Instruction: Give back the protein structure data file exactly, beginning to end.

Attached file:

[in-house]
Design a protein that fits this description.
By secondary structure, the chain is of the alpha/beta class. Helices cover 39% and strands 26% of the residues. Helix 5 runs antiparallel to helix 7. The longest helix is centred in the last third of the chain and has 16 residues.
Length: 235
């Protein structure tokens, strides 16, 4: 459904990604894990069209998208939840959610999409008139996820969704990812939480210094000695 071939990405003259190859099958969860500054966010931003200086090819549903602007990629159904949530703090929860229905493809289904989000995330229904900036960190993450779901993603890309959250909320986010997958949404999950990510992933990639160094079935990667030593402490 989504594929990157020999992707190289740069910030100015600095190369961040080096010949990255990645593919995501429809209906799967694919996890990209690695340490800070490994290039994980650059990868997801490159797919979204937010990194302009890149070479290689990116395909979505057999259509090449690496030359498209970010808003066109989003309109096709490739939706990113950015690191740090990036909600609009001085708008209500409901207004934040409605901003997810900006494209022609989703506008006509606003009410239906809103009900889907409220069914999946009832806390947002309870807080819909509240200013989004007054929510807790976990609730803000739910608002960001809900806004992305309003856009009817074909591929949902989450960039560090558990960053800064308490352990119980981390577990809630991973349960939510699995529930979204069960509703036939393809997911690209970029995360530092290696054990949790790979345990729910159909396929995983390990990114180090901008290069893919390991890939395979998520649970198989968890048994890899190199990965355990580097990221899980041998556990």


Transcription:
[in-house]
Design a protein that fits this description.
By secondary structure, the chain is of the alpha/beta class. Helices cover 39% and strands 26% of the residues. Helix 5 runs antiparallel to helix 7. The longest helix is centred in the last third of the chain and has 16 residues.
Length: 235
């Protein structure tokens, strides 16, 4: 459904990604894990069209998208939840959610999409008139996820969704990812939480210094000695 071939990405003259190859099958969860500054966010931003200086090819549903602007990629159904949530703090929860229905493809289904989000995330229904900036960190993450779901993603890309959250909320986010997958949404999950990510992933990639160094079935990667030593402490 989504594929990157020999992707190289740069910030100015600095190369961040080096010949990255990645593919995501429809209906799967694919996890990209690695340490800070490994290039994980650059990868997801490159797919979204937010990194302009890149070479290689990116395909979505057999259509090449690496030359498209970010808003066109989003309109096709490739939706990113950015690191740090990036909600609009001085708008209500409901207004934040409605901003997810900006494209022609989703506008006509606003009410239906809103009900889907409220069914999946009832806390947002309870807080819909509240200013989004007054929510807790976990609730803000739910608002960001809900806004992305309003856009009817074909591929949902989450960039560090558990960053800064308490352990119980981390577990809630991973349960939510699995529930979204069960509703036939393809997911690209970029995360530092290696054990949790790979345990729910159909396929995983390990990114180090901008290069893919390991890939395979998520649970198989968890048994890899190199990965355990580097990221899980041998556990």